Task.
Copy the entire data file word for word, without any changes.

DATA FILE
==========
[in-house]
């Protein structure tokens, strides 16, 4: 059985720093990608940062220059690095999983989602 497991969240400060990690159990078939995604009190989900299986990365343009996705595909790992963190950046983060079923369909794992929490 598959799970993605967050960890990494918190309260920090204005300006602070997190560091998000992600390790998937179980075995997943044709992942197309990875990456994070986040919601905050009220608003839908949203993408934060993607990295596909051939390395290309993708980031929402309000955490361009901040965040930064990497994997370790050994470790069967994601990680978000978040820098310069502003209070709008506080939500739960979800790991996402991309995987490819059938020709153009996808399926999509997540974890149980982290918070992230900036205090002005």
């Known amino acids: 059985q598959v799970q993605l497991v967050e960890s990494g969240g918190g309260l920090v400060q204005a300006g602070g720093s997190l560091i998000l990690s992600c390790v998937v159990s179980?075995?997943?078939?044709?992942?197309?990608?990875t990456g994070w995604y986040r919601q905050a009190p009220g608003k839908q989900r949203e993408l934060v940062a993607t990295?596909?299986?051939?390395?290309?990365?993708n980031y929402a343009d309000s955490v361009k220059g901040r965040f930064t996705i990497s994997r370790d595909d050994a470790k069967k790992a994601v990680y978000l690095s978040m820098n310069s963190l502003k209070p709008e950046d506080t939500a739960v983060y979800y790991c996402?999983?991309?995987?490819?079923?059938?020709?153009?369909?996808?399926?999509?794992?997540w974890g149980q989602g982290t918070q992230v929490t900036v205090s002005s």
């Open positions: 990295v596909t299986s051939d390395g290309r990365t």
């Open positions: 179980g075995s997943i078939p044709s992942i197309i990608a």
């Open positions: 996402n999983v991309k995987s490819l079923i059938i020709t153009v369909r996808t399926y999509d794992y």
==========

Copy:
[in-house]
């Protein structure tokens, strides 16, 4: 059985720093990608940062220059690095999983989602 497991969240400060990690159990078939995604009190989900299986990365343009996705595909790992963190950046983060079923369909794992929490 598959799970993605967050960890990494918190309260920090204005300006602070997190560091998000992600390790998937179980075995997943044709992942197309990875990456994070986040919601905050009220608003839908949203993408934060993607990295596909051939390395290309993708980031929402309000955490361009901040965040930064990497994997370790050994470790069967994601990680978000978040820098310069502003209070709008506080939500739960979800790991996402991309995987490819059938020709153009996808399926999509997540974890149980982290918070992230900036205090002005």
């Known amino acids: 059985q598959v799970q993605l497991v967050e960890s990494g969240g918190g309260l920090v400060q204005a300006g602070g720093s997190l560091i998000l990690s992600c390790v998937v159990s179980?075995?997943?078939?044709?992942?197309?990608?990875t990456g994070w995604y986040r919601q905050a009190p009220g608003k839908q989900r949203e993408l934060v940062a993607t990295?596909?299986?051939?390395?290309?990365?993708n980031y929402a343009d309000s955490v361009k220059g901040r965040f930064t996705i990497s994997r370790d595909d050994a470790k069967k790992a994601v990680y978000l690095s978040m820098n310069s963190l502003k209070p709008e950046d506080t939500a739960v983060y979800y790991c996402?999983?991309?995987?490819?079923?059938?020709?153009?369909?996808?399926?999509?794992?997540w974890g149980q989602g982290t918070q992230v929490t900036v205090s002005s």
């Open positions: 990295v596909t299986s051939d390395g290309r990365t």
């Open positions: 179980g075995s997943i078939p044709s992942i197309i990608a």
């Open positions: 996402n999983v991309k995987s490819l079923i059938i020709t153009v369909r996808t399926y999509d794992y």